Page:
NTSB: Weather likely led to long-lost plane’s Southeast crash
Investigators say a state official killed a decade ago along with one of his sons in a Southeast Alaska plane crash, missing until its wreck was found last year, likely flew into a mountainside in poor weather.
The National Transportation Safety Board released its final report this week on the Aug. 9, 2008 Admiralty Island crash that killed pilot Brian Andrews, 56, and Brandon Andrews, 24. The NTSB determined that the crash’s probable cause was the decision by Brian Andrews, then the state’s deputy revenue commissioner, “to continue visual flight into an area of instrument meteorological conditions.”
“Contributing to the accident was the pilot’s self-induced pressure to complete the flight,” NTSB officials wrote.
Andrews’ youngest son told the NTSB that he, his father and his brother had been camping at Young Lake. The fatal flight was the second the Cessna 182 floatplane made that day to Juneau International Airport’s seaplane base from the lake, about 15 miles south of Juneau.
“The pilot's son said that after discussing various options, they decided that all three would fly back to Juneau, one of them would stay behind in Juneau, and the other two would return to pick up the remaining camping gear,” NTSB officials wrote.
Weather recorded at the Juneau airport that afternoon included light rain and mist, with a broken ceiling of clouds at about 1,200 feet, becoming completely overcast at about 2,000 feet.
“[The surviving son] reported that when they left Young Lake, the weather was ‘open’ on the north end of the lake but was ‘closed’ on the south end of the lake,” NTSB officials wrote.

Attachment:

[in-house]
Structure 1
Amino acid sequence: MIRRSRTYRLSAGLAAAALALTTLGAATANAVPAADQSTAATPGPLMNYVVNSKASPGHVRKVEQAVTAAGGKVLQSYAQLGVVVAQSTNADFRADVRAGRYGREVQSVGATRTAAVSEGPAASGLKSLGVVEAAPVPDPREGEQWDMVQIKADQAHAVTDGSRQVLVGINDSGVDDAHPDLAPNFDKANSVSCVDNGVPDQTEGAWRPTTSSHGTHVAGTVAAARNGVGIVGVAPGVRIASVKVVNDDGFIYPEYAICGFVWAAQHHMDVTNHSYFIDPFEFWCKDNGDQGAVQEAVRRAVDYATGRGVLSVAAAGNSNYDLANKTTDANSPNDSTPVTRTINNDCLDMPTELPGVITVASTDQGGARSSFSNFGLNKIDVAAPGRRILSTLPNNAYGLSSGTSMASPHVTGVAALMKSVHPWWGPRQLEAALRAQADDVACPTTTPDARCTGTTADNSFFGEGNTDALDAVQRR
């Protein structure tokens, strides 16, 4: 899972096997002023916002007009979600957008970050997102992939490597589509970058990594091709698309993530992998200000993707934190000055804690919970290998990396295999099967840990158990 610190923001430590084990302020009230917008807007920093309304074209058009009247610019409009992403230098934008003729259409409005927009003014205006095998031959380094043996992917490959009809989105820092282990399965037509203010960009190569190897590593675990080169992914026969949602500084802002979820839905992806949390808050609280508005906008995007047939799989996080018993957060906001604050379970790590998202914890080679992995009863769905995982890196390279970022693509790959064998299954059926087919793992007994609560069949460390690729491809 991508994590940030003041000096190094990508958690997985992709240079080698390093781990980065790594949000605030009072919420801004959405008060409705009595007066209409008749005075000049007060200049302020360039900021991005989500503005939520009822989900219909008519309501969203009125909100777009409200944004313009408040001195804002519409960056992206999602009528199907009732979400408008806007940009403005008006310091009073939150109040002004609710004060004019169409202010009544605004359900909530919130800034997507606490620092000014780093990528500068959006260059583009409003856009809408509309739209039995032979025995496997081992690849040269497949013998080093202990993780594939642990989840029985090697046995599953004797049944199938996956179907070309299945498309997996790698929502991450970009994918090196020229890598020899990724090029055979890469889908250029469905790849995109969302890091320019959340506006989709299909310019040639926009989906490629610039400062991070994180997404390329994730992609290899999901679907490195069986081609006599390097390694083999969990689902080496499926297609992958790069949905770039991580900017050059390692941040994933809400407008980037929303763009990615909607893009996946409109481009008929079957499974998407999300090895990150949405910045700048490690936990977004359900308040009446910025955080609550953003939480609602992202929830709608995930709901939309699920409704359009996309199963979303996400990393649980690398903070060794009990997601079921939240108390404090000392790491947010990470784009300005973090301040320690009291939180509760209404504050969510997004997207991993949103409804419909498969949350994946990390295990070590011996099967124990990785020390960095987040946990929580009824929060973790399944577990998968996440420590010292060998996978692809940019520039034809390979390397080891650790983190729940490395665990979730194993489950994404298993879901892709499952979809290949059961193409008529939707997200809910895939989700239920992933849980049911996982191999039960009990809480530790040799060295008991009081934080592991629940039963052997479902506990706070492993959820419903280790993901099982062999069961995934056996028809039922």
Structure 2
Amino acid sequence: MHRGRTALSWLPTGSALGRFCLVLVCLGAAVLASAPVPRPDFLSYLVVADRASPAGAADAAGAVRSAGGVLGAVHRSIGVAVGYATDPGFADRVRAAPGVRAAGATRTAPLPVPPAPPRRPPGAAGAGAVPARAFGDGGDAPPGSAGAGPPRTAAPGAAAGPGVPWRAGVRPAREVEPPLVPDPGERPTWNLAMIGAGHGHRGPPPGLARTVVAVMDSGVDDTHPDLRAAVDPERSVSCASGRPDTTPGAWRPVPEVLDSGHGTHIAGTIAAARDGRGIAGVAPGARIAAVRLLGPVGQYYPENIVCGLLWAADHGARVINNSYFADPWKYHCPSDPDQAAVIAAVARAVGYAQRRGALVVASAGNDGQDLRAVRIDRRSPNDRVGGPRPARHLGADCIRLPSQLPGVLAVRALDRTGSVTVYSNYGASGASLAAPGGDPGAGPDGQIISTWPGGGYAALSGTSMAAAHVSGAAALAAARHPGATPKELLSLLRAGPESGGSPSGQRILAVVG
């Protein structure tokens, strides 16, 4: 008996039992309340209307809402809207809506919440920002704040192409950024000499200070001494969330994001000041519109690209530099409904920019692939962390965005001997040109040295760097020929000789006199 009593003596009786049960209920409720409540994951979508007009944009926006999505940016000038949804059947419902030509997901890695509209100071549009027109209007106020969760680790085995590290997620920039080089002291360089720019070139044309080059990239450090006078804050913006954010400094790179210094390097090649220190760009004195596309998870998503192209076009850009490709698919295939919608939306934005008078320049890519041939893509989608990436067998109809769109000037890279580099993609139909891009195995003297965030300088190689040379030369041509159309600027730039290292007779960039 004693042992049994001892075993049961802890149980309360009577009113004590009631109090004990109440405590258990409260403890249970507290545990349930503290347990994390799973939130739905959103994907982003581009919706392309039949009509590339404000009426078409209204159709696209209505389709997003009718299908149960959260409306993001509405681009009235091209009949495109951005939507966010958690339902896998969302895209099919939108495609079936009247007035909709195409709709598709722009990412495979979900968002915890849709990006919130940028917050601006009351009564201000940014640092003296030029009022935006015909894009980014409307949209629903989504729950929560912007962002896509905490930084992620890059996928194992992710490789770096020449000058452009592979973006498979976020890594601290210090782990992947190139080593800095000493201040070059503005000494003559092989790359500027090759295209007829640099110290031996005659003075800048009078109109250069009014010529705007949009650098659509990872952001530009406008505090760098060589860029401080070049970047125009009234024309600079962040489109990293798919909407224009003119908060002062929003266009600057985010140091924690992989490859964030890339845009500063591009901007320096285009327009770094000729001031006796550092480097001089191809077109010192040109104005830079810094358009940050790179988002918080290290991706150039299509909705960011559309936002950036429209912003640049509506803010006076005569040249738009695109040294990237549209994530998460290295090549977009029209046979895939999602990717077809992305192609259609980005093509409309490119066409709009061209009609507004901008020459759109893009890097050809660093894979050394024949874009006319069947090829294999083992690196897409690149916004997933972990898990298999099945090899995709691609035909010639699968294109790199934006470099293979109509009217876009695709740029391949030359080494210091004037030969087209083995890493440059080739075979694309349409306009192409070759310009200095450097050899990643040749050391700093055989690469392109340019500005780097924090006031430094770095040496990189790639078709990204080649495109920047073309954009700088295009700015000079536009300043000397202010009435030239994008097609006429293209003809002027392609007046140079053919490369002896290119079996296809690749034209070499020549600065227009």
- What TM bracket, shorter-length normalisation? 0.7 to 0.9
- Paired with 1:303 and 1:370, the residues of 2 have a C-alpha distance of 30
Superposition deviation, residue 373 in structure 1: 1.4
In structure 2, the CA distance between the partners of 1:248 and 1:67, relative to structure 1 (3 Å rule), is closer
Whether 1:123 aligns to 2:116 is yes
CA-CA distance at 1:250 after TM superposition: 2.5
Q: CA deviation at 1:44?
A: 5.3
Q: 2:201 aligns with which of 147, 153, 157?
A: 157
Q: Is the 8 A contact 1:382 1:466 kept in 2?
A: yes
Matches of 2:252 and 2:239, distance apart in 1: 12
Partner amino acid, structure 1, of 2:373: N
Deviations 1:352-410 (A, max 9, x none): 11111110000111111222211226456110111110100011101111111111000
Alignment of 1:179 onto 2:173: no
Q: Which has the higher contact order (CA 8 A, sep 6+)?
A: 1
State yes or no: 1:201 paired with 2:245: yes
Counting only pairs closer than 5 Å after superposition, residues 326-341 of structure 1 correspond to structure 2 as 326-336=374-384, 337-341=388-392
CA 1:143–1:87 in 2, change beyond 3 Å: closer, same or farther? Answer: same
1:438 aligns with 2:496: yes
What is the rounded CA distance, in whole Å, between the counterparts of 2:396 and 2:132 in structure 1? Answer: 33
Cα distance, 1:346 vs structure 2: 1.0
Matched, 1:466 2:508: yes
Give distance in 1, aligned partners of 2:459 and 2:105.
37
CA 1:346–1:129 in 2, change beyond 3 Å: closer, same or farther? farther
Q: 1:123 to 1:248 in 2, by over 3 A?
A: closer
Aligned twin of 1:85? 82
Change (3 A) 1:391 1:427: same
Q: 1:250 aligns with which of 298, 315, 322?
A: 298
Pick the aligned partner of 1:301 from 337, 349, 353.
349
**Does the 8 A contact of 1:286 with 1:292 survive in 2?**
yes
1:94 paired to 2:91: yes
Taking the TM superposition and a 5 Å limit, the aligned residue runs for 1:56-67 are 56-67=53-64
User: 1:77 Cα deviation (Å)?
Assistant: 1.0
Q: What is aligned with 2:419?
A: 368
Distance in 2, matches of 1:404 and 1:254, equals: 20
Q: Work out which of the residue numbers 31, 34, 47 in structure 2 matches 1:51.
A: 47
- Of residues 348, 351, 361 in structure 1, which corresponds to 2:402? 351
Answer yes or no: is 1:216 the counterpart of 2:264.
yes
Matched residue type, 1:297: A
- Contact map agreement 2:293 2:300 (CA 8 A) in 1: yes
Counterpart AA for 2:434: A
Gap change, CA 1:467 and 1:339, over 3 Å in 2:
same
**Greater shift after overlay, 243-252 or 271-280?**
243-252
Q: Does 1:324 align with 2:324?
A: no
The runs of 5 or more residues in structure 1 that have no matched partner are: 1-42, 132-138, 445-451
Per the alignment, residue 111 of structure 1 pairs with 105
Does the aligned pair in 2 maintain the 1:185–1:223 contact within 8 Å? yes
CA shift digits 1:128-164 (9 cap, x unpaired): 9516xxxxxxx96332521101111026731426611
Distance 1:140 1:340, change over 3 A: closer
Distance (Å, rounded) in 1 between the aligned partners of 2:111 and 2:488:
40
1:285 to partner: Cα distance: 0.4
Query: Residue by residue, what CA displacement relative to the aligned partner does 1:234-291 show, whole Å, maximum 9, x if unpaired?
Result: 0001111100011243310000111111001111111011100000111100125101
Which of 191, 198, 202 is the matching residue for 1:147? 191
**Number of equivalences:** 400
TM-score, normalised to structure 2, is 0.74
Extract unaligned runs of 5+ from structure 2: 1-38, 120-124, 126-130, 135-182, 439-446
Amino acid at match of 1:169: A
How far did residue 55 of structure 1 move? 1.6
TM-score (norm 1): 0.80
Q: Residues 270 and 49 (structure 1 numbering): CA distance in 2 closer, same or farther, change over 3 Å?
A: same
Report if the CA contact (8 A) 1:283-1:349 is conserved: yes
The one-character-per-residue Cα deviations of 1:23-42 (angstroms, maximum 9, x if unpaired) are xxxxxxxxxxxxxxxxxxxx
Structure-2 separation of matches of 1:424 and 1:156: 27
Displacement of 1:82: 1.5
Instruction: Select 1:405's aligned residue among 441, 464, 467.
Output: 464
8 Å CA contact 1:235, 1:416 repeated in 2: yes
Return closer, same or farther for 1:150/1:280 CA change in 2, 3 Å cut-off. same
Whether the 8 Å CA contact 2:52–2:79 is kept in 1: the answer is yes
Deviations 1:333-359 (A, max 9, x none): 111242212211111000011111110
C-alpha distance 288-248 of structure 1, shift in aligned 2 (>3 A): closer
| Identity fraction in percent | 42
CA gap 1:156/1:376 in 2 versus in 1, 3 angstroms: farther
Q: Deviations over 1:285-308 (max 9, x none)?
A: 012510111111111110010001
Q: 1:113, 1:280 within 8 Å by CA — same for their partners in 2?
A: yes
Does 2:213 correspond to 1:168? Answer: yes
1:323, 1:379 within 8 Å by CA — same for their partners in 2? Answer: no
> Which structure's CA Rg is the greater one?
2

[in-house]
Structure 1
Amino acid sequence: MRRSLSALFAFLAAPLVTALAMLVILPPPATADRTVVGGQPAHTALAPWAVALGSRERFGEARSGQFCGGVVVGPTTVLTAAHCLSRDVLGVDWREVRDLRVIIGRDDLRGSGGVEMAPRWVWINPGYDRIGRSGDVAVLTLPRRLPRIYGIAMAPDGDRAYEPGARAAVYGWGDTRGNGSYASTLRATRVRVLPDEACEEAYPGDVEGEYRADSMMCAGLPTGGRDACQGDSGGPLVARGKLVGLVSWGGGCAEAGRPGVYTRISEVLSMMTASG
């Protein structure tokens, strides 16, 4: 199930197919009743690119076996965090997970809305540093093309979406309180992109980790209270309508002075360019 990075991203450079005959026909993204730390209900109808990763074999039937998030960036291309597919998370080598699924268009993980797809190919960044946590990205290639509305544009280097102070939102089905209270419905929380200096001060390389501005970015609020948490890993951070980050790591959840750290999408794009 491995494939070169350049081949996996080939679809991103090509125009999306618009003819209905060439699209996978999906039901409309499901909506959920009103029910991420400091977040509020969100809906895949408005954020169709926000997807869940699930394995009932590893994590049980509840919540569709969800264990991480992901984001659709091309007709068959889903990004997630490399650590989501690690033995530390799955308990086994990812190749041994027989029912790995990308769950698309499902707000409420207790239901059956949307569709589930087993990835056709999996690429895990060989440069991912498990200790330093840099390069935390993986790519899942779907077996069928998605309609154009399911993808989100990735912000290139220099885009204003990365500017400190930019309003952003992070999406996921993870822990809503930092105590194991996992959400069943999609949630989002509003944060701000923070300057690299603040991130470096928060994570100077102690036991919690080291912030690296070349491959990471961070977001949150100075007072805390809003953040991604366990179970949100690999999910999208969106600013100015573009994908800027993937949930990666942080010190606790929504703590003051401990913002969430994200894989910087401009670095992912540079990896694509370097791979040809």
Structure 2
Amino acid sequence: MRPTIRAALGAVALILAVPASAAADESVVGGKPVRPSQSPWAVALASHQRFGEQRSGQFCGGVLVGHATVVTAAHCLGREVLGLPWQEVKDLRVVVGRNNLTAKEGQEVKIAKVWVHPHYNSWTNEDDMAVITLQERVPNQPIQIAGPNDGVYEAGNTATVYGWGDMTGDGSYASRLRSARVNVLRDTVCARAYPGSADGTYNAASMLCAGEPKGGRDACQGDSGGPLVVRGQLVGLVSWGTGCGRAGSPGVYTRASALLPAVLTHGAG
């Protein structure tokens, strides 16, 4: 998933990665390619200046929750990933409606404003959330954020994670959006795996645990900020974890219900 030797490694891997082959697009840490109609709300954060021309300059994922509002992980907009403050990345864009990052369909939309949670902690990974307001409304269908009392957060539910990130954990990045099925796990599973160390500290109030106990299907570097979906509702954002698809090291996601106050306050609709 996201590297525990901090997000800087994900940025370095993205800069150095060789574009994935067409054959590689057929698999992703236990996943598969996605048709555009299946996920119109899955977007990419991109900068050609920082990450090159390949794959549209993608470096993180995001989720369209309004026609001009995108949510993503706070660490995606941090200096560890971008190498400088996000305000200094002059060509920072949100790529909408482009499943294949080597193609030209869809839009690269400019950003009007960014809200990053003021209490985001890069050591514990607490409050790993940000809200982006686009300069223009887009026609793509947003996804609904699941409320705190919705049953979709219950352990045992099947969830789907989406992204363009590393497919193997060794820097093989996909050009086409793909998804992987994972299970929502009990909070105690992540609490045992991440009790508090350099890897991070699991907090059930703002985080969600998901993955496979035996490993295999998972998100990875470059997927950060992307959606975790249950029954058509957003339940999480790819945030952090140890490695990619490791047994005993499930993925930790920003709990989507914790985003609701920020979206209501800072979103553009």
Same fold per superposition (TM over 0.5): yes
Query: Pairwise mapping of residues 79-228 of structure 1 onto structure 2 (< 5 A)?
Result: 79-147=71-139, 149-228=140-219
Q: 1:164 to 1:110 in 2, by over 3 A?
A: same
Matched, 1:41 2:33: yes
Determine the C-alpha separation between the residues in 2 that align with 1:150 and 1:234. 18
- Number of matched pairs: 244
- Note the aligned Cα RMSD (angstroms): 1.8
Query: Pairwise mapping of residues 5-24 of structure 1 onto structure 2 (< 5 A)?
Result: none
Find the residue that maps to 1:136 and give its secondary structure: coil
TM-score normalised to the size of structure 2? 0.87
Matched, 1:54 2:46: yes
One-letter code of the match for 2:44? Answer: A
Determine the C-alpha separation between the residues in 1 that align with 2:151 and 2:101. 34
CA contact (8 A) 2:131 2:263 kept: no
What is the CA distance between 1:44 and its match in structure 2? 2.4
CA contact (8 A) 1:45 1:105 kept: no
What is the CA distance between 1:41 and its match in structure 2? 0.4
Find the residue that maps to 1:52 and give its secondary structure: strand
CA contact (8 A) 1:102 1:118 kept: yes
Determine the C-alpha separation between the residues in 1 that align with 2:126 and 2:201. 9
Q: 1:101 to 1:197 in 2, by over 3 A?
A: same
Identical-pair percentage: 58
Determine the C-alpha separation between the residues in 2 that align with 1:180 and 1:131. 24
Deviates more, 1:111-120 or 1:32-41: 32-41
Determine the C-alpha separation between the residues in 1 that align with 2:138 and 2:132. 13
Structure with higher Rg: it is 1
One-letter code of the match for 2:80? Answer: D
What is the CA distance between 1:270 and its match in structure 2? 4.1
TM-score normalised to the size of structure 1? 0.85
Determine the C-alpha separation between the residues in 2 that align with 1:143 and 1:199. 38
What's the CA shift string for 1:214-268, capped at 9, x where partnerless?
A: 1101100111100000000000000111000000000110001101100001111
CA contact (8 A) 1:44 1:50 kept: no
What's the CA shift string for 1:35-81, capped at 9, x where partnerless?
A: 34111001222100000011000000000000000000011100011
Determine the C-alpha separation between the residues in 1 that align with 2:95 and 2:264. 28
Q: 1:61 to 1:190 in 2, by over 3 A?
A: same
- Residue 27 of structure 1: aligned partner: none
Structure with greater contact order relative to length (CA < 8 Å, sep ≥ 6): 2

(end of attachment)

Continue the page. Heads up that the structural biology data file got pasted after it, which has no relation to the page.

After landing in Juneau at about 3:40 p.m., Brian and Brandon Andrews took off again to make the second trip, on a trip from which the surviving son said they were supposed to return at about 4:30 p.m. A witness last saw the plane taking off from Young Lake at about 4 p.m.
The Cessna was never found during an air and water search, with no signals ever received from the Andrews or their plane’s emergency locator transmitter. The U.S. Coast Guard suspended its official search on Aug. 20, 2008, with friends and family continuing to look for them and maintaining a website.
Both men were missing and presumed dead until a deer hunter discovered the crash site on Oct. 25, 2017, according to the report. An NTSB photo from the crash site, just over a mile north of Young Lake, shows the plane’s structural spars and floats strewn across the hillside where it went down.
Investigators who visited the crash site found the Andrews’ plane at an elevation of about 1,075 feet, in an area covered with trees an average of 100 feet tall. The plane’s engine was slammed into the forest floor beneath its corroded body, and its ELT wasn’t found in the wreckage.
“Due to the remote location, the wreckage was not recovered,” NTSB officials wrote.
A limited autopsy conducted on the crash victims’ remains showed that both likely died of blunt-force injuries.
The plane’s maintenance records showed “no evidence of uncorrected mechanical discrepancies with the airframe, engine and propeller,” NTSB officials said.
An annual inspection of the Cessna was conducted on May 21, 2008, during which an entry in the plane’s logbook stated that its ELT had been “inspected and tested” and received a new battery. A second logbook entry the following month said the transmitter had again been inspected and tested.
The NTSB’s report concluded with a discussion of how to prevent future crashes like the 2008 wreck, noting that two-thirds of crashes which occur during visibility reduced by weather are fatal. In addition to stressing the importance of preflight weather briefings in deciding whether to fly, the report noted that pilots can use instrument flight to navigate dangerous areas.
In many cases, investigators said, when pilots try to turn back after they encounter dangerous weather “it is too late.”
“Pilots shouldn't allow a situation to become dangerous before deciding to act,” NTSB officials wrote. “Additionally, air traffic controllers are there to help; be honest with them about your situation and ask for help.”
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